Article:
7. Focus on the urgent and important vulnerabilities — You will undoubtedly find numerous vulnerabilities on most if not all your Web systems. Do not get caught up in the minutiae — instead, focus on the easily-exploitable security flaws on the most critical systems and then follow-up with the lower-priority findings when you have the time.
8. Perform a source code analysis on custom-written software — A source code analysis looks at the actual code the developers have written. The only reasonable way to perform a code review such as this is to use an automated static analysis tool such as Klocwork, DevInspect and Fortify 360. I have yet to perform a source code analysis that did not uncover critical flaws that were difficult to find using other means yet still could have been easily exploited under the right conditions.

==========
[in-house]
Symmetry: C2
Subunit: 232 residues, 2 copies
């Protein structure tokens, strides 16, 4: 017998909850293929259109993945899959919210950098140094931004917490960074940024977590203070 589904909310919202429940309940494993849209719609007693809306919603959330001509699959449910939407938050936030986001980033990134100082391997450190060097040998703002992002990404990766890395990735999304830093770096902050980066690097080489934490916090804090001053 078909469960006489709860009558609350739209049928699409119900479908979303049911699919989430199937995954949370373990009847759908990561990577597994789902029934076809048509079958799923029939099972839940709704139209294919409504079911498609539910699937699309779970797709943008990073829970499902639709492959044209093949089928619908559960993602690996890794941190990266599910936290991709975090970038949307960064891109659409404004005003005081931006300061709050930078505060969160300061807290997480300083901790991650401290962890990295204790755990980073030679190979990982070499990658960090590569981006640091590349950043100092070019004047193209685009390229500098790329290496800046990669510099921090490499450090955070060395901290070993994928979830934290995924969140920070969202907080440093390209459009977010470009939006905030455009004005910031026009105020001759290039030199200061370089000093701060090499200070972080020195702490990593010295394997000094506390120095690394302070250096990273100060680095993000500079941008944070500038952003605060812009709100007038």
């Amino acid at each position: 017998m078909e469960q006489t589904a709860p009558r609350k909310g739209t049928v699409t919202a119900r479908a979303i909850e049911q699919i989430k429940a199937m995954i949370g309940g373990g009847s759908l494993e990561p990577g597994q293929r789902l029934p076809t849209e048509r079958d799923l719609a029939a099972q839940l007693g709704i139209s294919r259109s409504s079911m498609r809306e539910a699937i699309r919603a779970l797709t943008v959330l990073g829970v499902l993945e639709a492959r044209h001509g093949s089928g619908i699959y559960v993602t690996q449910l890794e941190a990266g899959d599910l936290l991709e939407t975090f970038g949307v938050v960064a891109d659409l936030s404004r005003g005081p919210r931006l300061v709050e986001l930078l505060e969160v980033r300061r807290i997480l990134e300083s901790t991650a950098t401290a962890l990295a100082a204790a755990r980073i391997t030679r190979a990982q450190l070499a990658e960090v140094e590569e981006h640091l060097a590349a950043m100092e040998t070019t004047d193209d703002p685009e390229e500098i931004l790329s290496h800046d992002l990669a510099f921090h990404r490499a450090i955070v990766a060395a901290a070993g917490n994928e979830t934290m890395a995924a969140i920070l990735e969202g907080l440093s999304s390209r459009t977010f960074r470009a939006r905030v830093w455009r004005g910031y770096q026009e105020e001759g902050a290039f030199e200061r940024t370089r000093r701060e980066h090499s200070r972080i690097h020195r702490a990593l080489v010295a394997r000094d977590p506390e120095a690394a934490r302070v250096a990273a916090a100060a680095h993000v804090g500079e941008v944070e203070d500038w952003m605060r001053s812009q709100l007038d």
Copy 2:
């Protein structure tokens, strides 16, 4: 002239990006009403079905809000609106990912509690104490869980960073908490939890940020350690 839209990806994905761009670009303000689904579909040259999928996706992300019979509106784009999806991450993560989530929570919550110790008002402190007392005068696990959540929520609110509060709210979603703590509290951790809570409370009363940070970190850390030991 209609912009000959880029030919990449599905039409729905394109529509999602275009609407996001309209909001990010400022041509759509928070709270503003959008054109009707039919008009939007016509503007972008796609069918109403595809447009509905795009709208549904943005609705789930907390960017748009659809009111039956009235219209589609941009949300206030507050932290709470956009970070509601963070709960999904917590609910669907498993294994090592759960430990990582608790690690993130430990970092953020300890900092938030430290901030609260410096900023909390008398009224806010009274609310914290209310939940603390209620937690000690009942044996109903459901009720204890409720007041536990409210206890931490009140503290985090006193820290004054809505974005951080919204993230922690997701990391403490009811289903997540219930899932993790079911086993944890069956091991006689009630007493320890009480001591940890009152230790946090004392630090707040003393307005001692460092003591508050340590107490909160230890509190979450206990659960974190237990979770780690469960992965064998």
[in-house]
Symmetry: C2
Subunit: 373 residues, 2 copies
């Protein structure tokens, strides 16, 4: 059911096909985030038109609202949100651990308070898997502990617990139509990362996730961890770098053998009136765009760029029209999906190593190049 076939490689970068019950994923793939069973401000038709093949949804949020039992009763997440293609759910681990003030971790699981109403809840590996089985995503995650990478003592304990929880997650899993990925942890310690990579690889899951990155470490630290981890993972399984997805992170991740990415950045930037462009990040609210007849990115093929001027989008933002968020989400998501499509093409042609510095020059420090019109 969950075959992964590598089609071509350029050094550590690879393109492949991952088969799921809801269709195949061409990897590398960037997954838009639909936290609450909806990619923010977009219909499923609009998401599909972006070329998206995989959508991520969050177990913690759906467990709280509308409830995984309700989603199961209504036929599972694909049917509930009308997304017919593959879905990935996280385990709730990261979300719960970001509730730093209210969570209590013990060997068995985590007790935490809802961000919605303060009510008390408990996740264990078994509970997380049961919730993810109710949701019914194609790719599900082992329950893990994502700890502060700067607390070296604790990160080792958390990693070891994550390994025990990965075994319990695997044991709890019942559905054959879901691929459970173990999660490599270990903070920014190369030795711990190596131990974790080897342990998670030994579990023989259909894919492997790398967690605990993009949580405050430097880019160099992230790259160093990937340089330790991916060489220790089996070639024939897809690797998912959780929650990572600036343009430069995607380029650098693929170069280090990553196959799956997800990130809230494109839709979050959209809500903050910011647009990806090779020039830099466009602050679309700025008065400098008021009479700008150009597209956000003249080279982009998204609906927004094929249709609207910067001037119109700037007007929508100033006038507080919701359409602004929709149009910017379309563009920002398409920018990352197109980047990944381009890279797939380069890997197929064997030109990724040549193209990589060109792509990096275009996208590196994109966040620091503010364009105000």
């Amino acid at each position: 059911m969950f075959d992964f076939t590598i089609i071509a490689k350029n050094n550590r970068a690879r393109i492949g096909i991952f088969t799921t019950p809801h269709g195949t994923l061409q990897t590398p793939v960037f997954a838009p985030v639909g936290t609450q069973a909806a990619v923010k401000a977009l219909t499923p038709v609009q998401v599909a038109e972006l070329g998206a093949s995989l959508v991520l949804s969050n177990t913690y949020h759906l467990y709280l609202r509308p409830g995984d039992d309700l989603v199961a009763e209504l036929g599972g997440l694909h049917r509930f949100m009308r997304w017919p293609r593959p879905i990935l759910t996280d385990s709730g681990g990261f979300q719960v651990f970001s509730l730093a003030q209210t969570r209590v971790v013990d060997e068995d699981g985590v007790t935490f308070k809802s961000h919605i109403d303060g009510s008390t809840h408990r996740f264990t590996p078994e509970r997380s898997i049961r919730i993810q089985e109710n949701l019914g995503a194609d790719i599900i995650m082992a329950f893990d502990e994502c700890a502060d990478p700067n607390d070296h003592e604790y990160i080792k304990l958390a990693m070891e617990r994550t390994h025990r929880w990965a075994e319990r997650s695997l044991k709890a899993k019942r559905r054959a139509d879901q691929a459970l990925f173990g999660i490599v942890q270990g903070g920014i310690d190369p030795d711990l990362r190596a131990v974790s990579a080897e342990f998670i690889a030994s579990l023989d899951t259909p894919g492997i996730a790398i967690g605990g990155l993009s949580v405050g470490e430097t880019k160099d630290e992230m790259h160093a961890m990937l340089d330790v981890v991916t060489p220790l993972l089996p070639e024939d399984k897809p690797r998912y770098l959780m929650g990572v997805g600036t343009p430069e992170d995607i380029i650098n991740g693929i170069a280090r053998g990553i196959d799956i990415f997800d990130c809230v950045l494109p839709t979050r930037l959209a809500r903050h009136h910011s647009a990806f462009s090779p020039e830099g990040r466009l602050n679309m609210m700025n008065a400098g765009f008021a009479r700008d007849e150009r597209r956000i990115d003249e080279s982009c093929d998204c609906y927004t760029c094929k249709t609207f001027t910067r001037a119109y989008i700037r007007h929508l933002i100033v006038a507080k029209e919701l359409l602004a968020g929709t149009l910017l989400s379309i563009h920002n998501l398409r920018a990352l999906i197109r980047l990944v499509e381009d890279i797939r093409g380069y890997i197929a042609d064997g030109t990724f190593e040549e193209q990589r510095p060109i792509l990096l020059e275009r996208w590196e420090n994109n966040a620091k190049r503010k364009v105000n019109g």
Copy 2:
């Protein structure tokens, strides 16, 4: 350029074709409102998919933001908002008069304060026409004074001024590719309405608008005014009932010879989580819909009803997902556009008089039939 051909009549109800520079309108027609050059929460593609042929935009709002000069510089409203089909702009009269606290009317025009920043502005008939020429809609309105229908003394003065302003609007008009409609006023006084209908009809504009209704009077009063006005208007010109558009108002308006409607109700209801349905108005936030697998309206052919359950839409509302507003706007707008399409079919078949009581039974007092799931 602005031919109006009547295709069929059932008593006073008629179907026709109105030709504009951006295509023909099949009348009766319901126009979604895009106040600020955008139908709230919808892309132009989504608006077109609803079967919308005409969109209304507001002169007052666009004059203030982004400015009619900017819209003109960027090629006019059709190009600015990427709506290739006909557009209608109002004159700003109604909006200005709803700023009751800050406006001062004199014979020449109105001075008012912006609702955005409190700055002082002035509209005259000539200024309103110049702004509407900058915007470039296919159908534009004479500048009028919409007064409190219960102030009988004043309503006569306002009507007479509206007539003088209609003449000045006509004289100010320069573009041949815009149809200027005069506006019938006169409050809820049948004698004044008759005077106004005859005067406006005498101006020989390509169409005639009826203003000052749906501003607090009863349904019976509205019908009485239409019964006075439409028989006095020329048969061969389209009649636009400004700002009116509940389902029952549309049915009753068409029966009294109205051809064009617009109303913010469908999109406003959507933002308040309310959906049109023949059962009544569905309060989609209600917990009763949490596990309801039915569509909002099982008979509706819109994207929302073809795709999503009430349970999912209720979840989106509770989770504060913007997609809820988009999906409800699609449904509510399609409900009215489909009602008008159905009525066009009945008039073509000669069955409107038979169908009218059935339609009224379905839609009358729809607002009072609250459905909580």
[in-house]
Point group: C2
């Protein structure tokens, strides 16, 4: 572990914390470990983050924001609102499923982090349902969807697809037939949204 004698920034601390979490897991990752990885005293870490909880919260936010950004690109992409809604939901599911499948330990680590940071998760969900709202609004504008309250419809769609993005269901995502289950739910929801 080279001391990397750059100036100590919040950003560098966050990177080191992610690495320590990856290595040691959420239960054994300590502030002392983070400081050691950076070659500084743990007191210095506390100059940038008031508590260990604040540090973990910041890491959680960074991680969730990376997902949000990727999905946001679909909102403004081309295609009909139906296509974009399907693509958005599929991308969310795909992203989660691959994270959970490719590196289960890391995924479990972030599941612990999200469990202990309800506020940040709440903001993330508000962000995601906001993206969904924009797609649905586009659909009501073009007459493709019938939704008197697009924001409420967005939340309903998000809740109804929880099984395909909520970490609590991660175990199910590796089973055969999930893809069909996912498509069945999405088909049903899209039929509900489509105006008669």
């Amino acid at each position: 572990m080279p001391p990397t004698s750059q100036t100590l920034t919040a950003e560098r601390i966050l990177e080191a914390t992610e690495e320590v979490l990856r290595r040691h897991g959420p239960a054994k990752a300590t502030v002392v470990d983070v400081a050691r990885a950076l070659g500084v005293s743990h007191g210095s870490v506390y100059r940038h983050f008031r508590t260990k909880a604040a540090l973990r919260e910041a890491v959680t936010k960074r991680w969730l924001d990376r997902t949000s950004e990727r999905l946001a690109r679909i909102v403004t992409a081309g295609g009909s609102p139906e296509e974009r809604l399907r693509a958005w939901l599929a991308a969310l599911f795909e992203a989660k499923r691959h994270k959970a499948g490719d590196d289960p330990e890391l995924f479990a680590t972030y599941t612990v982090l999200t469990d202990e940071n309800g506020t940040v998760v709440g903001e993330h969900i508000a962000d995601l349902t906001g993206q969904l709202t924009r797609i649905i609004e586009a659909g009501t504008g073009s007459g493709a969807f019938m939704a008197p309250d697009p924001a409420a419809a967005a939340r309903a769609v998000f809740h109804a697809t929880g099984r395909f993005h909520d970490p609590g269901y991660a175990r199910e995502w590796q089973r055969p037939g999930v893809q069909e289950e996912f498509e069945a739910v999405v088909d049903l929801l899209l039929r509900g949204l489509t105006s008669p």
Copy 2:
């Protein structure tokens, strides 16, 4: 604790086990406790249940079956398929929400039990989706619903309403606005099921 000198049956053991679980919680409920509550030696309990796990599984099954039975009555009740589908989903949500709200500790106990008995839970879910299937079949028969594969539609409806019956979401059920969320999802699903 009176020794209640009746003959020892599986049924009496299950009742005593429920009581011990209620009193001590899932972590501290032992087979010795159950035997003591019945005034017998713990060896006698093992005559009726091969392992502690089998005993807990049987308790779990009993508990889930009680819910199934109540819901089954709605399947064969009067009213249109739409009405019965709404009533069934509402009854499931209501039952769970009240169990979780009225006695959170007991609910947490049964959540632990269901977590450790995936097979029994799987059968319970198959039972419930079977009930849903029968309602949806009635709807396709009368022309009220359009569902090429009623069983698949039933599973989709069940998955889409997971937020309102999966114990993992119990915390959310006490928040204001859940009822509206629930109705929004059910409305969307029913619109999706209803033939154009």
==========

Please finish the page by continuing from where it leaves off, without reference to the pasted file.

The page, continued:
9. Delegate remediation tasks and follow up to ensure the holes are plugged — This is perhaps the most important part of security testing, but for some reason, it often gets overlooked. I have seen many organizations spend lots of time, effort and money to determine where their Web systems are vulnerable, and then not follow up on any of it. It is a classic case of limited accountability and lack of management buy-in.